Florida Delegation Helps Shape $2 Trillion Coronavirus Stimulus Bill

As the U.S. House gets ready to vote on a $2 trillion bill to help the economy weather the coronavirus crisis, some members of the Florida delegation have helped craft it.

U.S. Sen. Marco Rubio, R-Fla., the chairman of the U.S. Senate Small Business and Entrepreneurship, helped steer $377 billion for small businesses. Rubio had the support of U.S. Sen. Ben Cardin, D-Mary., the ranking Democrat on the Committee, and U.S. Sen. Susan Collins, R-Maine, and U.S. Sen. Jeanne Shaheen, D-NH, on the “Keeping American Workers Paid and Employed Act” as part of the “Coronavirus Aid, Relief, and Economic Security (CARES) Act.”

Rubio weighed in on his efforts this week.

“The unprecedented crisis facing our nation’s small businesses and their employees requires an immediate, bold response,” Rubio said. “I am confident that we have assembled a bipartisan emergency relief package that will get cash to small businesses, and the Americans they employ, that desperately need it during this pandemic. I appreciate the work that we were able to accomplish in a bipartisan fashion with Ranking Member Cardin, as well as Senators Collins and Shaheen. I look forward to the swift passage of the CARES Act in the Senate, and urge the House to take it up immediately in order to get it to the President for signature.”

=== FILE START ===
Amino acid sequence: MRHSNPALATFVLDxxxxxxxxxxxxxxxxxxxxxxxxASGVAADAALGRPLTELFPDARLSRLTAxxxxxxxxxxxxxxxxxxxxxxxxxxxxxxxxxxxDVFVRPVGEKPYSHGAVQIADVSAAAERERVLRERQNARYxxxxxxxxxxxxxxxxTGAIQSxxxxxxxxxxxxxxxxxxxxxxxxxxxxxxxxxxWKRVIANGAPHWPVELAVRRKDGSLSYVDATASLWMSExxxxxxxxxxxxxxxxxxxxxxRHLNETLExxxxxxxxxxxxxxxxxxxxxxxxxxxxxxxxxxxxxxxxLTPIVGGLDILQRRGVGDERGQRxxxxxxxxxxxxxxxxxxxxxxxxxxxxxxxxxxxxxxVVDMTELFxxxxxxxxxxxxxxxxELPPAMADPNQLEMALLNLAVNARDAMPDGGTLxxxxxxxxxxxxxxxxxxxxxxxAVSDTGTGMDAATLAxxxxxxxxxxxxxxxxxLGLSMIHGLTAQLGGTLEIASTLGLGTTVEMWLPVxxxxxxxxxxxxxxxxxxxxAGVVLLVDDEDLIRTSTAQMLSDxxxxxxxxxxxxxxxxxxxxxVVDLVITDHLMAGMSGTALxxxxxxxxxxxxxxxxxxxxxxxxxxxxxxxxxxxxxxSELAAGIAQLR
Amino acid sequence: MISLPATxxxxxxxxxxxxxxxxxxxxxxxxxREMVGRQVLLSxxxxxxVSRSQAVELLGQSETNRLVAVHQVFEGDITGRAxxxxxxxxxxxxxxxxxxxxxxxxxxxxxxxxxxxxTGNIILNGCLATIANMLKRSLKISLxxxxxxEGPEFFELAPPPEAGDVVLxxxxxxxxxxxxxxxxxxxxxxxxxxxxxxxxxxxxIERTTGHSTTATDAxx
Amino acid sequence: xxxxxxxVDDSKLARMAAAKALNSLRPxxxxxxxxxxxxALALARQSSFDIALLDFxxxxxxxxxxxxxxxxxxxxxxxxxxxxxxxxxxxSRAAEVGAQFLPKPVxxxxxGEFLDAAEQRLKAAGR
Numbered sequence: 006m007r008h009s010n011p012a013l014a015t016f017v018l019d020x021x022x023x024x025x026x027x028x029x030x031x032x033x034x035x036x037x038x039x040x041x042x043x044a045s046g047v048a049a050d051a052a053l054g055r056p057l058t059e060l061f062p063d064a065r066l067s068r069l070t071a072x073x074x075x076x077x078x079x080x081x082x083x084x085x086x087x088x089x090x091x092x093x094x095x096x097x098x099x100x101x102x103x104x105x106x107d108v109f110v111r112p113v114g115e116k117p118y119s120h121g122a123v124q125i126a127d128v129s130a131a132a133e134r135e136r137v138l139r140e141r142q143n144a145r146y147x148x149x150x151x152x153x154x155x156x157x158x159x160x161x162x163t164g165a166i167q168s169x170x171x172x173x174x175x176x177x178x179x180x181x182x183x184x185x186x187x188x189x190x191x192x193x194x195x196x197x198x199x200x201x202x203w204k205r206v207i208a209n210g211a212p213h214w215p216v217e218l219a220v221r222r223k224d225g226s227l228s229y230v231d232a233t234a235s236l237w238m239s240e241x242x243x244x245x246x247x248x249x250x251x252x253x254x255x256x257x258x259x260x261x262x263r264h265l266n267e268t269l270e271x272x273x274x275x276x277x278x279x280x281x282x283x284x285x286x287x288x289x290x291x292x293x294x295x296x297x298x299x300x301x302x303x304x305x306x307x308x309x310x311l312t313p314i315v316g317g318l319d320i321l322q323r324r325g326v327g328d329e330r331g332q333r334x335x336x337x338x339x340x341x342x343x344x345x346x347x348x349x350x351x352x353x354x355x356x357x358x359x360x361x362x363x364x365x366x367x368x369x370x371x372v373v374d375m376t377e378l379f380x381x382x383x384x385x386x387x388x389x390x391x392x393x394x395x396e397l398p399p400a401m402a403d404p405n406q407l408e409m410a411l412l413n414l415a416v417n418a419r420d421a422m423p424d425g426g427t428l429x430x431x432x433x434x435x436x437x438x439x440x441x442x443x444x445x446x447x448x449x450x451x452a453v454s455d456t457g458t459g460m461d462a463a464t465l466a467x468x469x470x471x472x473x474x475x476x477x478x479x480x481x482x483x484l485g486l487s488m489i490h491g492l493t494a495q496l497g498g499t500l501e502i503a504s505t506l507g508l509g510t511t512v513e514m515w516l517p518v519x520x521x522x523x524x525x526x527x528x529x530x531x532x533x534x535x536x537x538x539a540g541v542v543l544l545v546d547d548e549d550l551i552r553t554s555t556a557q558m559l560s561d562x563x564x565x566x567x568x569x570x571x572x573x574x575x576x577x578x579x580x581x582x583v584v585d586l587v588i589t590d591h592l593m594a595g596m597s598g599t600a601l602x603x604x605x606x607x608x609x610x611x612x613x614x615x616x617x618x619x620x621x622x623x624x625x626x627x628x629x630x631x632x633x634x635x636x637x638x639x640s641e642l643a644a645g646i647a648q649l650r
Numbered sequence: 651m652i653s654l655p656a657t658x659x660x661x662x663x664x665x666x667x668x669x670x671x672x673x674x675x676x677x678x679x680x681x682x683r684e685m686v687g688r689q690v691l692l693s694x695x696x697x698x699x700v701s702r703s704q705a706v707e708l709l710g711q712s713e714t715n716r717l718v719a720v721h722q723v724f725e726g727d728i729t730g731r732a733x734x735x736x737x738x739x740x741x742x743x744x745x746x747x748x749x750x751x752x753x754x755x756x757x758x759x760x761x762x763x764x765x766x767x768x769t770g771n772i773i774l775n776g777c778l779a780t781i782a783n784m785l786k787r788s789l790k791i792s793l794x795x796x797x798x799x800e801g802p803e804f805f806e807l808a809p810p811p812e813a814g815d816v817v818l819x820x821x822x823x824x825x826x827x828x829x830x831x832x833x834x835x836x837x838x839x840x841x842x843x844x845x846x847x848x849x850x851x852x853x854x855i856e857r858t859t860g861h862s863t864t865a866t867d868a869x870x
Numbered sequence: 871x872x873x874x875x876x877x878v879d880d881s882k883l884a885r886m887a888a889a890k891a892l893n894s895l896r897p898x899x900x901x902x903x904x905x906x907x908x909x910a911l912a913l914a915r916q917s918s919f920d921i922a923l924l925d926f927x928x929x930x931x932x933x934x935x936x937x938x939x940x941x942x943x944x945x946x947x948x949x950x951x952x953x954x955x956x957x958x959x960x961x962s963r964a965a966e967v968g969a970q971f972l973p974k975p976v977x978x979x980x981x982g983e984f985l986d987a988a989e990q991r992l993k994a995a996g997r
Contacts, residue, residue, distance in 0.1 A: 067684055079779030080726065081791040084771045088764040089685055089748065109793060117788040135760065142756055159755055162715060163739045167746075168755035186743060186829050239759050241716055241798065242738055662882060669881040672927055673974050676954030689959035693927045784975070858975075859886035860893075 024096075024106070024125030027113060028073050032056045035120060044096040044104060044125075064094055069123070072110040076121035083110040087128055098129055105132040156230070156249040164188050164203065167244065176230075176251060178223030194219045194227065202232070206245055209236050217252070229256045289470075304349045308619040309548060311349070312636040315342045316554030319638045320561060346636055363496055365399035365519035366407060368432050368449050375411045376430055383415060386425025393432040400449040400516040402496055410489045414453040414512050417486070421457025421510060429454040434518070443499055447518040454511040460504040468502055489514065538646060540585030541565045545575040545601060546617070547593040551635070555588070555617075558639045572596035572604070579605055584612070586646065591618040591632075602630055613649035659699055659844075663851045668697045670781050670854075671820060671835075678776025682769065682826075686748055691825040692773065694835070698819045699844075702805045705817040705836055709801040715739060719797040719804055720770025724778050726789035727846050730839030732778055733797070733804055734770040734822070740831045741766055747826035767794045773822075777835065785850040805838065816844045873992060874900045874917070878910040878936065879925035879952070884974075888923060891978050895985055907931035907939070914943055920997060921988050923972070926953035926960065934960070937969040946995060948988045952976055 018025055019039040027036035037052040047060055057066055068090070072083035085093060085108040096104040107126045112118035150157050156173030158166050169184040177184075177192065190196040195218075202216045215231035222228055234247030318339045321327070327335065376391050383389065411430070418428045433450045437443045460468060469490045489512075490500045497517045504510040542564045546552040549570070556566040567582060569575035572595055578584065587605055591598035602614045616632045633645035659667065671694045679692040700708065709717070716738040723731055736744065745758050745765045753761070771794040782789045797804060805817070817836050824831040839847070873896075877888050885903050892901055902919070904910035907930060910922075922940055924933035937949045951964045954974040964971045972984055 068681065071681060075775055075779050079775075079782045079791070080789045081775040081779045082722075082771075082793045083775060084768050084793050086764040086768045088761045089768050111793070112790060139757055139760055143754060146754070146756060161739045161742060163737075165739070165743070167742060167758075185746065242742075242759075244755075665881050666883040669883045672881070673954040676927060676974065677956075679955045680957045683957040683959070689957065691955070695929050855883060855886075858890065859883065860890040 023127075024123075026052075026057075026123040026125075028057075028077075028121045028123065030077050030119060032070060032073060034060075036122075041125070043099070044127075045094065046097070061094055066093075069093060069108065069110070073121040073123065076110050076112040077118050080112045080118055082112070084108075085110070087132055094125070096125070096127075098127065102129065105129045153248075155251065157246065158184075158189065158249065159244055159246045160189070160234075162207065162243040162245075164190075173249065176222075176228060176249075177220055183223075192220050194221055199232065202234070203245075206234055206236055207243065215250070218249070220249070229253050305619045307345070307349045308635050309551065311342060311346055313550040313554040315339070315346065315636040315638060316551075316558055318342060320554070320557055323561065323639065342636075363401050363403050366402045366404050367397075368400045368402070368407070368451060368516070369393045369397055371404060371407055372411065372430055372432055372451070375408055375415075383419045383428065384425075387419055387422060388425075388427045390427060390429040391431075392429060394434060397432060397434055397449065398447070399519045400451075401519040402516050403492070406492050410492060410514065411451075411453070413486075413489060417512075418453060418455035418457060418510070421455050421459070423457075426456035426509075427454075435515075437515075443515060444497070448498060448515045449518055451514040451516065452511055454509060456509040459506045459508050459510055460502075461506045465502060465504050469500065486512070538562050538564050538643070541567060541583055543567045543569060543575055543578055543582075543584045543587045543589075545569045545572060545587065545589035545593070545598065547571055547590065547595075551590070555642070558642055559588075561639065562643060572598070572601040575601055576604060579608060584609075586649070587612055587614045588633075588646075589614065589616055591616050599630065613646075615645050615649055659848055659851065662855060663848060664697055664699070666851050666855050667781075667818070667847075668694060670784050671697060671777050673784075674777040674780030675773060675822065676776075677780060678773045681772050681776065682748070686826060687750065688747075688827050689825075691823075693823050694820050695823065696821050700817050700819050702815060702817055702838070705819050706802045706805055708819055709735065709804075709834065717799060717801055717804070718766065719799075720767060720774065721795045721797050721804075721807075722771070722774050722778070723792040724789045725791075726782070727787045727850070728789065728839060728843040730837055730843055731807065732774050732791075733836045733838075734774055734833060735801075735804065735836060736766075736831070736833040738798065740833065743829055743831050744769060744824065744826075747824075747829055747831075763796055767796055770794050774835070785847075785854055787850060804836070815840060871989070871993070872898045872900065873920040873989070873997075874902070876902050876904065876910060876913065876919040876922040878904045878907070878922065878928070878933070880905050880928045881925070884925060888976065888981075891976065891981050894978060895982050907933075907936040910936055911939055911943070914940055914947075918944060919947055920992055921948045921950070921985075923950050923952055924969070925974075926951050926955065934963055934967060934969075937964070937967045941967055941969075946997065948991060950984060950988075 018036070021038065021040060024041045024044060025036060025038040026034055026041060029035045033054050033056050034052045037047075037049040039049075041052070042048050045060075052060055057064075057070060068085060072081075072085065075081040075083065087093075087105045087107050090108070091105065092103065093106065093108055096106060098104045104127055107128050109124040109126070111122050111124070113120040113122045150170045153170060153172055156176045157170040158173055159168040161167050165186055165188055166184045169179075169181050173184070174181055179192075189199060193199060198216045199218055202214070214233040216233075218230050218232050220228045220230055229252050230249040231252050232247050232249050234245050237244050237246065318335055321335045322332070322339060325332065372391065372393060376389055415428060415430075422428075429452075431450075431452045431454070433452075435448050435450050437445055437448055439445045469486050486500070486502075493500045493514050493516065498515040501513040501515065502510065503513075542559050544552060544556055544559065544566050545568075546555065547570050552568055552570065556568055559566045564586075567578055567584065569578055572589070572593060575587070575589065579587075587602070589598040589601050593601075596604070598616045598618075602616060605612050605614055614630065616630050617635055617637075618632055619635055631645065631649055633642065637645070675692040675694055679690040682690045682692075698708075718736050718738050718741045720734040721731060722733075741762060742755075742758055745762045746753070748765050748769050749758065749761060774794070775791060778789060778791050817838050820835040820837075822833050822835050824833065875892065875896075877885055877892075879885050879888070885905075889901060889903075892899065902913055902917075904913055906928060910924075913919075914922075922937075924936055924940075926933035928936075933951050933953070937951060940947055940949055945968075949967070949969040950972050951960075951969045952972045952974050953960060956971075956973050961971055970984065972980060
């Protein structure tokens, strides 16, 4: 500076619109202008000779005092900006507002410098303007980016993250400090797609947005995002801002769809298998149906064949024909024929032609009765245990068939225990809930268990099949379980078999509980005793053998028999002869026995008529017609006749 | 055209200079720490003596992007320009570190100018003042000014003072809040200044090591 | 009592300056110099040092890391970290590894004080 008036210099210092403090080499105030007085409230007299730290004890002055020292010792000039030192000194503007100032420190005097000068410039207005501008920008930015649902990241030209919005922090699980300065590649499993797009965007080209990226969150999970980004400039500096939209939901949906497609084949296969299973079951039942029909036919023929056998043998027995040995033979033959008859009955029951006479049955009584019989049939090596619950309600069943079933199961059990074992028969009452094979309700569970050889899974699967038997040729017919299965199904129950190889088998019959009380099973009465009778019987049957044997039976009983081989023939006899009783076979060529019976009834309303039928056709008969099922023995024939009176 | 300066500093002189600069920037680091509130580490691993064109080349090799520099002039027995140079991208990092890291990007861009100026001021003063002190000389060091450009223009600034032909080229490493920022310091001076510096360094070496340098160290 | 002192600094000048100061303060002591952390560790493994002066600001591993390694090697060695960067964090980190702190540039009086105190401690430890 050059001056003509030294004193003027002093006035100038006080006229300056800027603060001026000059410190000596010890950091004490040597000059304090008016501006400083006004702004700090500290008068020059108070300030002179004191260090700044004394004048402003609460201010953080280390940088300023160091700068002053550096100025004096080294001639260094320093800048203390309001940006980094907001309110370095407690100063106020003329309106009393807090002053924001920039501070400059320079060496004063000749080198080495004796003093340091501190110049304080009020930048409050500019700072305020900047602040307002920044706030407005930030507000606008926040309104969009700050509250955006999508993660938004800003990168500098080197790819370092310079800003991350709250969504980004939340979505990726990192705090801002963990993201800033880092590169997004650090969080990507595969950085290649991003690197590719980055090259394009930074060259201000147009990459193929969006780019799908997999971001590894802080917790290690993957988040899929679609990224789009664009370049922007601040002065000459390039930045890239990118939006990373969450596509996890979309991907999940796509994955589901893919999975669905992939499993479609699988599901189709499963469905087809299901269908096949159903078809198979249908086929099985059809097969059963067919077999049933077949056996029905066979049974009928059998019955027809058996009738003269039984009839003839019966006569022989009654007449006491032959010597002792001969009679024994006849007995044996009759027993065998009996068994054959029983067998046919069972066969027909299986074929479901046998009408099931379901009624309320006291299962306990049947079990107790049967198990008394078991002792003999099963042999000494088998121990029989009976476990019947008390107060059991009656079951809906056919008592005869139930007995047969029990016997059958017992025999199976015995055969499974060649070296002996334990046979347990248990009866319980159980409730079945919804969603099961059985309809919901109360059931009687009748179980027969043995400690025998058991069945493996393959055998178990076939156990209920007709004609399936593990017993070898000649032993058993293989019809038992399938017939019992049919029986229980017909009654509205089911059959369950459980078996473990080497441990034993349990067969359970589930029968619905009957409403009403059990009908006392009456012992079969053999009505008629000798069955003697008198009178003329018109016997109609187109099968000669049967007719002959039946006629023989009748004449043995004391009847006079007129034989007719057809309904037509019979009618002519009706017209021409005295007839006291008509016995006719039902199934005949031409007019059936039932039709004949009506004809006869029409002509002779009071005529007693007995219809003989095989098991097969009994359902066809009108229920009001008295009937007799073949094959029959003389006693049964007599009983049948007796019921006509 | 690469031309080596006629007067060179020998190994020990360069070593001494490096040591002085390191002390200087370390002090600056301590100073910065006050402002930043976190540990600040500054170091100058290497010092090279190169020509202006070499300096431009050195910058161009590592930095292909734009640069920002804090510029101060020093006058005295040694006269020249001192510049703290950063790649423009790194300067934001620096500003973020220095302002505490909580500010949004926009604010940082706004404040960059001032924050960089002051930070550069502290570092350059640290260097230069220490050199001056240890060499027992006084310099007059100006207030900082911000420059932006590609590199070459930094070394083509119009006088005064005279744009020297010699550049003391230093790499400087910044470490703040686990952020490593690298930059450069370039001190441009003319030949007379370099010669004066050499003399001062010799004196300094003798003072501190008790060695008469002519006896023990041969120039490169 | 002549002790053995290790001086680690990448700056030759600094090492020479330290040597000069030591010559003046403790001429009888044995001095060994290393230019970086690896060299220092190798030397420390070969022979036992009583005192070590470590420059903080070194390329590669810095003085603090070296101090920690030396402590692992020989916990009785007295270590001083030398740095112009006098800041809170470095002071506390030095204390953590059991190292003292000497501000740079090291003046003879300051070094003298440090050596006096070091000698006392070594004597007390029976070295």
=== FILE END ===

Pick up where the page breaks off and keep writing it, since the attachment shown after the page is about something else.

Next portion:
“American small businesses are facing an existential threat. The unprecedented public health measures cities and states have taken to slow the spread of the COVID-19, while necessary to protect public health, are having a tremendous impact on small businesses in every community in America,” Cardin said. “Congress has a duty to ensure that America’s 30 million small businesses, and the 60 million people they employ, are not forced to bear the financial costs of keeping our communities safe on their own. I am grateful that Chairman Rubio, Senators Collins and Shaheen, and I were able to reach a bipartisan agreement to include $377 billion in support for small businesses in the stimulus.”